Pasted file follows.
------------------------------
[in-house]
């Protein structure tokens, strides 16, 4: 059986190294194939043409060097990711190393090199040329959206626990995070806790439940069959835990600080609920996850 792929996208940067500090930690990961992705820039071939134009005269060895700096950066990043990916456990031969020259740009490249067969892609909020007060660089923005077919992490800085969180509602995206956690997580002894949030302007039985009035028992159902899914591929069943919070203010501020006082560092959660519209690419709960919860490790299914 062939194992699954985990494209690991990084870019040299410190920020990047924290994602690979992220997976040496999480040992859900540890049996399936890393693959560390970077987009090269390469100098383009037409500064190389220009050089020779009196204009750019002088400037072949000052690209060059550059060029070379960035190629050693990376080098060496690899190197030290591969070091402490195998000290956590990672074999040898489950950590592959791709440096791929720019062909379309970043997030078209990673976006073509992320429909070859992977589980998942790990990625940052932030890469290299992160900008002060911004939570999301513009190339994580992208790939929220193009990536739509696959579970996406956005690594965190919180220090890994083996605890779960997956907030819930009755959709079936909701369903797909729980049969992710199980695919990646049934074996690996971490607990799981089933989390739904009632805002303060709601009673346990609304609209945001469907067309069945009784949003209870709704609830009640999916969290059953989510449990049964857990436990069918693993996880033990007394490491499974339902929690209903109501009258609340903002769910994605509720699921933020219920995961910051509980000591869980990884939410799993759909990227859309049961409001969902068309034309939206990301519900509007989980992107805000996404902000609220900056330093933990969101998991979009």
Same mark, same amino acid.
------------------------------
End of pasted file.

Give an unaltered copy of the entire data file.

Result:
[in-house]
């Protein structure tokens, strides 16, 4: 059986190294194939043409060097990711190393090199040329959206626990995070806790439940069959835990600080609920996850 792929996208940067500090930690990961992705820039071939134009005269060895700096950066990043990916456990031969020259740009490249067969892609909020007060660089923005077919992490800085969180509602995206956690997580002894949030302007039985009035028992159902899914591929069943919070203010501020006082560092959660519209690419709960919860490790299914 062939194992699954985990494209690991990084870019040299410190920020990047924290994602690979992220997976040496999480040992859900540890049996399936890393693959560390970077987009090269390469100098383009037409500064190389220009050089020779009196204009750019002088400037072949000052690209060059550059060029070379960035190629050693990376080098060496690899190197030290591969070091402490195998000290956590990672074999040898489950950590592959791709440096791929720019062909379309970043997030078209990673976006073509992320429909070859992977589980998942790990990625940052932030890469290299992160900008002060911004939570999301513009190339994580992208790939929220193009990536739509696959579970996406956005690594965190919180220090890994083996605890779960997956907030819930009755959709079936909701369903797909729980049969992710199980695919990646049934074996690996971490607990799981089933989390739904009632805002303060709601009673346990609304609209945001469907067309069945009784949003209870709704609830009640999916969290059953989510449990049964857990436990069918693993996880033990007394490491499974339902929690209903109501009258609340903002769910994605509720699921933020219920995961910051509980000591869980990884939410799993759909990227859309049961409001969902068309034309939206990301519900509007989980992107805000996404902000609220900056330093933990969101998991979009």
Same mark, same amino acid.